Thoms trouble


T H O M A S with BIRD NAMES, QUIET HOOVES, DONLANDS & MORTIMER, NANCY & CO and FRASER GIELEN at Sneaky Dees (431 College), tonight (Thursday, May 14). Pwyc. 416-603-3090.

On paper, S E L F H E L P (independent), the debut album by T H O M A S (aka Thom Gill), isn’t the easiest sell. Eighties R&B and smooth jazz rubbing up against experimental electronics and indie rock weirdness? Sounds dubious, yet it’s much more compelling and irony-free than you might assume.


“I was trying to describe the music to convince someone to come to the show the other day. He said, That sounds terrible. I would never come,'” laughs Gill over Parkdale pints. “Steve McKay [of Bruce Peninsula] dubbed it post-smooth, which I think works very well, but only if you know the history of smooth, and especially white smooth versus black smooth.

“I feel like I’m being sincere when I talk about Michael McDonald’s influence. He’s really fucking heavy, but if you put that in an interview people assume it’s ironic.”

Gill might be sincere about his appreciation of smooth jazz (backed up with a guitar performance degree from U of T), but his resume is considerably more indie-friendly. He’s long been involved in the Toronto avant-garde improv scene and currently backs up Katie Stelmanis, Allie Hughes and Bruce Peninsula, among others.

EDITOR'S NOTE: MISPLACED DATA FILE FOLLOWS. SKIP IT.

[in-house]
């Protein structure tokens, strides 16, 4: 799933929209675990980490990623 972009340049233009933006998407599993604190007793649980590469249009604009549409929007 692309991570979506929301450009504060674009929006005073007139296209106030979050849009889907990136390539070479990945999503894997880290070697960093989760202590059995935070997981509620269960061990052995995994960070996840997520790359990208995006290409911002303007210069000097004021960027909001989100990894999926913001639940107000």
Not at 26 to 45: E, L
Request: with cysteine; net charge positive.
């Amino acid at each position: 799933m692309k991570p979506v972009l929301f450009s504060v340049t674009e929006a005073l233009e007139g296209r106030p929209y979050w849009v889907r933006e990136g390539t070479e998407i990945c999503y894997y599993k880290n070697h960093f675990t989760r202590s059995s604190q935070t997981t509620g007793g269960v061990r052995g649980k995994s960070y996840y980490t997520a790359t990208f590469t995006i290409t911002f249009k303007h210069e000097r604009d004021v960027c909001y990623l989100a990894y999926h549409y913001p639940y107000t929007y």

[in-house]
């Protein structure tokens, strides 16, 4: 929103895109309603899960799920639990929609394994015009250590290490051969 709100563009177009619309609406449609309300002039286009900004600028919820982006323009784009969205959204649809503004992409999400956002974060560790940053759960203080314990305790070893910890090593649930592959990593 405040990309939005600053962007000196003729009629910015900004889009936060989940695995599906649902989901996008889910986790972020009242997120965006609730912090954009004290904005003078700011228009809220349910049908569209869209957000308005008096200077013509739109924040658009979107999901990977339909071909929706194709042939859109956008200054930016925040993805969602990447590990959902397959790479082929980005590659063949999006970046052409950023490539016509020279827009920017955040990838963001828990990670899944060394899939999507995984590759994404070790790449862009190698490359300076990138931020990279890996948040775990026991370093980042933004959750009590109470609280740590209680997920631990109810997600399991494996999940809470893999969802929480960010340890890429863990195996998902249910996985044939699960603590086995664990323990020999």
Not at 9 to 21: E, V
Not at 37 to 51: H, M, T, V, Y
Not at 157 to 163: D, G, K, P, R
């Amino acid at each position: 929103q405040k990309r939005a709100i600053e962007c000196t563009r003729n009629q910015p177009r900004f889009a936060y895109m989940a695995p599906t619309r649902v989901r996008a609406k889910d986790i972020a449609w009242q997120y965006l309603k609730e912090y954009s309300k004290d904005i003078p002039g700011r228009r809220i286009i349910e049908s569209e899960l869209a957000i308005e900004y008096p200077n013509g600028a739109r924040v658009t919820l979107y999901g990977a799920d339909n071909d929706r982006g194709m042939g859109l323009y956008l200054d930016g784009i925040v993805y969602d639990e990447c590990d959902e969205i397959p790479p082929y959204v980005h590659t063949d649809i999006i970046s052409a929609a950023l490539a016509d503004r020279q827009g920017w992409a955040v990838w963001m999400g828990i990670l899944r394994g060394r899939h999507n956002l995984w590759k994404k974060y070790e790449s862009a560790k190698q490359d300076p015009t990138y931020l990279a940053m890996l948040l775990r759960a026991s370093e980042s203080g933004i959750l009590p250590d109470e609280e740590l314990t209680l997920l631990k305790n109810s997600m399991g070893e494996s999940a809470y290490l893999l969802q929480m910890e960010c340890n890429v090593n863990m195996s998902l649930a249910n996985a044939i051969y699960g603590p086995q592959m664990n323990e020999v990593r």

To further boost Gill’s hipster cred, Leon Taheny, best known for his work with Final Fantasy, produced S E L F –

H E L P. The result sounds at times like shoegazer funk with Prince references floating beneath ambient electronic textures.

“I definitely have a penchant for shoegazer, and the shows still have elements of that. When you record a lot at home by yourself, you end up becoming a maximalist, which I carried over to recording this album.

“The stage show is a lot more restrained, but we’ve kept that electronic patina of sound over the whole thing. We actually only play one song from the record. I write too many songs too quickly.”

Thom Gill discusses the difference between the album and his current live band.

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Gill gets cornered into discussing the lyrical content on S E L F H E L P

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Gill discusses the impact of formal training on his career.

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